go straight to the recipe

I get pretty crabby when I see dessert menus around Adelaide these days. What I fail to understand is, when everyone is complaining about head spent why not a couple of decent desserts. The reputation for a good dessert can add at least $15 AUD to the bill, maybe more if they are enticed to have a dessert wine.

What especially annoys me are the failed attempts to be innovative. Freezing cold tasteless Bunya nut thingy on the menu of an acclaimed restaurant for months on end. A plum tart with, being generous half a plum. Also a highly acclaimed restaurant. A chocolate tart of suspect quality that has been languishing in the fridge for way too long. I have given up ordering dessert.

Some of the best selling desserts are the classics. Yes they require a level of skill, but they walk out the door.

Alan Weiss, of the long since closed Magic Flute Restaurant, was a devotee of the modern French masters of the late 70s and early 80s and this fantastic dessert, from the Michelin three starred Michele Guerard, always appeared on his menus in the apple season. I recently noticed it appeared in Australian Gourmet Traveller without giving credit to Guerard.

AO 29 MAY 2023

put in the

serves 16 – makes 1 x 28 cm torte

for the caramel
350g caster sugar
120g water

for the cake

approximately 6kg apples [1]
1 lemon, sliced and squeezed into a bucket half filled with cold water
2-3 unwaxed lemons or limes

1 x 28 cm diameter x 10 cm high round seamless tin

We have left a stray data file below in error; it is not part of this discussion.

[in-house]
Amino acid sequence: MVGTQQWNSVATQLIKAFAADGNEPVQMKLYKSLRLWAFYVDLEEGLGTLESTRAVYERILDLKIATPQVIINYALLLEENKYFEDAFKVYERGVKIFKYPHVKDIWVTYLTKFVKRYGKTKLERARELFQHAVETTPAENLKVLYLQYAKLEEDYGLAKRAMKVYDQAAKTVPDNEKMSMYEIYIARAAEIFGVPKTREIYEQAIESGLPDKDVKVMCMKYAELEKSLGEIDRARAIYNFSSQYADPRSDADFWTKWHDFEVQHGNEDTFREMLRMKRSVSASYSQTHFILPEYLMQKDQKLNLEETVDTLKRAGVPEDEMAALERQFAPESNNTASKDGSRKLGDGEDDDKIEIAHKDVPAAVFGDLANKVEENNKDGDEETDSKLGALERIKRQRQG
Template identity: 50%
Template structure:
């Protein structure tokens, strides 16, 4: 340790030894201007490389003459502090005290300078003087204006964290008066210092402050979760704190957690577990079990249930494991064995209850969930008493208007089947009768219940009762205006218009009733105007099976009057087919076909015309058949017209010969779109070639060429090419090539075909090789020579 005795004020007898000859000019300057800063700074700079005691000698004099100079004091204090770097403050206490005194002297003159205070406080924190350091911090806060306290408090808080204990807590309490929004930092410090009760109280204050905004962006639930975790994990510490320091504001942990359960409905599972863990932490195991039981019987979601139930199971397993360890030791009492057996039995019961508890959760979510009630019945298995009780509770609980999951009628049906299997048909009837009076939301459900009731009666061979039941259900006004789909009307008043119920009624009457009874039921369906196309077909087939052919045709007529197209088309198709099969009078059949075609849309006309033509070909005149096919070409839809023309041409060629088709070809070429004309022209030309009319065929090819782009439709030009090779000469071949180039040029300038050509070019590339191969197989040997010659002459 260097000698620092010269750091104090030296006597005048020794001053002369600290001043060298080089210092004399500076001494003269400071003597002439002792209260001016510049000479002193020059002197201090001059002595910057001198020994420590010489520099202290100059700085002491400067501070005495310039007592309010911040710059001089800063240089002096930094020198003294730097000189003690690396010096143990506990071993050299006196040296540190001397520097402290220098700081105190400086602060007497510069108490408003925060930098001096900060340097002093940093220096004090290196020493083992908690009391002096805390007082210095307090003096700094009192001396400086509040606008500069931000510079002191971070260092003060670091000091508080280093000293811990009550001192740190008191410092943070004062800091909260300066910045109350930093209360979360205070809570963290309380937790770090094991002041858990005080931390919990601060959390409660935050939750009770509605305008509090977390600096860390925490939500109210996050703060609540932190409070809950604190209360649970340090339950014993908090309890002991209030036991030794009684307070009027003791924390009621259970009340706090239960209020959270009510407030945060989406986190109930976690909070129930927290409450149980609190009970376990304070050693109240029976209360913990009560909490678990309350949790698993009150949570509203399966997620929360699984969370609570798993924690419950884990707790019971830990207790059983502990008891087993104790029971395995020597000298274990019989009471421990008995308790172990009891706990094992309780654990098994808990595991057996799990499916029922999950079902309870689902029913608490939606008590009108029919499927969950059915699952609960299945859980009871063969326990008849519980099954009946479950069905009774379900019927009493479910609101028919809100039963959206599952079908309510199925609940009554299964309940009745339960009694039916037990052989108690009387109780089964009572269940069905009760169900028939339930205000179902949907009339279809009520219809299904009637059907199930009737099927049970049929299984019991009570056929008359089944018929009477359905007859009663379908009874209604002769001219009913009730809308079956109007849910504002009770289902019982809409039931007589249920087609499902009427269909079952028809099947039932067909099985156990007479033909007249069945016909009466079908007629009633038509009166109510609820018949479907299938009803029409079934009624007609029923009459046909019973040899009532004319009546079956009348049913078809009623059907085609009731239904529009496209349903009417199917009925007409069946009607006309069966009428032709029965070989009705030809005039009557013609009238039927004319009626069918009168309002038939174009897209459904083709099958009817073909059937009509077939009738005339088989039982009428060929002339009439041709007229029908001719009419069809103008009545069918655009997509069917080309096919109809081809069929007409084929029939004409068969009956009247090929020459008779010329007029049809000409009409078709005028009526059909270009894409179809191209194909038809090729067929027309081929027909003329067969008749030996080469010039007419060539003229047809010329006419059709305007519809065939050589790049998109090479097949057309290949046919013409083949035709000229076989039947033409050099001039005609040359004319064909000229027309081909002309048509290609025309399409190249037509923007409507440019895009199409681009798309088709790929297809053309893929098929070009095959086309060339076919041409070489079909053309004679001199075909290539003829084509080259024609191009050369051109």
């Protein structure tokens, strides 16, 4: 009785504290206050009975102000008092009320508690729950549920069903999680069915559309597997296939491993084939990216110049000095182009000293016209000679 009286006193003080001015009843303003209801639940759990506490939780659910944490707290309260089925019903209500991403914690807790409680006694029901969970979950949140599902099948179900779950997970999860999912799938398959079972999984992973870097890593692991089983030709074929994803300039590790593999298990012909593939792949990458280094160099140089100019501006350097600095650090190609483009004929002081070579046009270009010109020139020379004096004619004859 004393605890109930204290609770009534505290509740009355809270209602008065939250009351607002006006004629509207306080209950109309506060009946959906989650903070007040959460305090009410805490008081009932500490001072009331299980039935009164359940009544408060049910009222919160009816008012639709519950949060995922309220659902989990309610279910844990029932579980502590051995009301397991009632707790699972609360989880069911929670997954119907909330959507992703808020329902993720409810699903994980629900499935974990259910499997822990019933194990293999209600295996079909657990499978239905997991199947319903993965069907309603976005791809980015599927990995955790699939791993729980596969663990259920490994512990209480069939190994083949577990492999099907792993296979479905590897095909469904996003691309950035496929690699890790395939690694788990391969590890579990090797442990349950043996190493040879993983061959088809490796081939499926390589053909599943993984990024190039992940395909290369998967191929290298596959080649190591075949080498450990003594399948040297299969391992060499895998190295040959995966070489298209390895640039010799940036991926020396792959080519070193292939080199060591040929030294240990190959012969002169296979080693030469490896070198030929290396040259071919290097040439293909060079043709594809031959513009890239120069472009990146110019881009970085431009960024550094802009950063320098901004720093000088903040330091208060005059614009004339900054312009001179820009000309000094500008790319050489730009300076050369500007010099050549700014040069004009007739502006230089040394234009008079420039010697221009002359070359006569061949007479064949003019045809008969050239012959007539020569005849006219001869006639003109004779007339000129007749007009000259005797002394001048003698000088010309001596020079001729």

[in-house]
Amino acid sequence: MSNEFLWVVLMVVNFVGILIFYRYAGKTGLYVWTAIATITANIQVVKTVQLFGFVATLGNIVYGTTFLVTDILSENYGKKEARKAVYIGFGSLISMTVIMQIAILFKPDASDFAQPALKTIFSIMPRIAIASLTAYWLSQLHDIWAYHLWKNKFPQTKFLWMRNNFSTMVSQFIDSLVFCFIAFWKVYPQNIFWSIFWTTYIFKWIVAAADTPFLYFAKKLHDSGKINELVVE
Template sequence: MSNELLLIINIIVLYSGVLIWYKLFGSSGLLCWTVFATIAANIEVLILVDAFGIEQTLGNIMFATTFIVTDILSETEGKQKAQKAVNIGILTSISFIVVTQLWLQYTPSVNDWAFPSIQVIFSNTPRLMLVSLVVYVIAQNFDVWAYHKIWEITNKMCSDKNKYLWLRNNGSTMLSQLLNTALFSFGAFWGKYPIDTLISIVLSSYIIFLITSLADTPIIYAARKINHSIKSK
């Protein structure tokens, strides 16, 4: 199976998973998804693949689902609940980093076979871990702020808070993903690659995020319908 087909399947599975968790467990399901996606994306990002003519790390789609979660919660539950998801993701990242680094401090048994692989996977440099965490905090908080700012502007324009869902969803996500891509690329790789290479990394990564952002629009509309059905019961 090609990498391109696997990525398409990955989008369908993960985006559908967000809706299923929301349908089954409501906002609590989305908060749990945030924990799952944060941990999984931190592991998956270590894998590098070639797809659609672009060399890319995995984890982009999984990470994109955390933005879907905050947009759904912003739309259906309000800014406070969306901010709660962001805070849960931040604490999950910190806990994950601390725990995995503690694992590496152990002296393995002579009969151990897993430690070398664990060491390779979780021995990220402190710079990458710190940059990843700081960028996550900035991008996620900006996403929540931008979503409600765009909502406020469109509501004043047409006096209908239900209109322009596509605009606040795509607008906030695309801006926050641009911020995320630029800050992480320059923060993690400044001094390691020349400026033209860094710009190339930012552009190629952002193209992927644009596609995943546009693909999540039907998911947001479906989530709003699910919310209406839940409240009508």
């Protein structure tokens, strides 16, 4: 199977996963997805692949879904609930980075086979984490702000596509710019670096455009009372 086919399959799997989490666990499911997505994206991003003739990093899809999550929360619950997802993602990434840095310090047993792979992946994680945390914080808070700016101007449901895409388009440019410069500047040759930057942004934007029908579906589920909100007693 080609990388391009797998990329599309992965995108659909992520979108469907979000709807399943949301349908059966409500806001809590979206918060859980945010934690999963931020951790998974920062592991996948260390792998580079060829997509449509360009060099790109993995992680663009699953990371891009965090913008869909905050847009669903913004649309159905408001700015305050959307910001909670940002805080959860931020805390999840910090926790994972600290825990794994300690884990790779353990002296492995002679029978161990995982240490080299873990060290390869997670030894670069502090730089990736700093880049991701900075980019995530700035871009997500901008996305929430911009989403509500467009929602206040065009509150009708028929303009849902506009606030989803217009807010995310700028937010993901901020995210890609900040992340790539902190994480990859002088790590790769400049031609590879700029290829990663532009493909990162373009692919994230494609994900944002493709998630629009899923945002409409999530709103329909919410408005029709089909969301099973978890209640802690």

[1] You can buy the waxed Granny Smith apples at your fruit and veg, but if you have a local farmers’ market there’s a good chance you could purchase some unwaxed old varitey apples. A particular favourite with us was the French Colleville that we used to be able to get from Kalangadoo Organics when they came to Adelaide to do deliveries.

Cut a disk of baking paper the same size as the tin.

Make toffee with the sugar and water and tip it into a seamless 28 cm cake tin. Allow to stand for a minute then taking great care not to burn yourself roll the toffee around the sides of the tin. Allow to cool completely and set before proceeding.

Peel the apples and put them into the acidulated water. Working four at a time, dry them, quarter them and slice them very finely and make a spiral layer of apple on top of the toffee – refer to images. Continue the process meticulously for four layers and then continue the layers slicing off two sides in rounds and the other two sides and continue until the tin is completely filled — see notes.

Cover with the prepared disk of baking paper and then tightly seal with a double layer of foil.

pre heat oven to 150°C

this fabulous
dessert cannot be

Fill a deep roasting dish with very hot water and put the cake in the water. Cook for six hours then check. The cooking time depends on how long the apples have been picked, but it is easy to tell when it is cooked. The level will have dropped by about 50% and the apples with have a translucent caramel colour.

Cool the cake on a rack and when cool enough refrigerate overnight.

to serve
This is very important. Select a large deep round serving plate. Run a knife around the edge of the tin, and remembering that there will be a lot of syrup invert the cake onto the plate.

When using the 10 cm high tin, despite going another 5 c over the top of the tin you end up with a 5 cm high cake.
This marvellous cake is also brilliant made in a loaf tin or terrine.

Overnight chilling is critical to firm this cake up.

Some versions of this recipe add sugar to the apples. We prefer to keep the tart apple taste and think there is enough sweetness in the caramel.

author’s note
The images left are from my first attempt at this wonderful dessert and the apples were sliced too thick. Always use a Japanese mandolin and slice about 1 mm thick for the best result.


Don’t forget to check the water level from time to time, and always top with boiling water.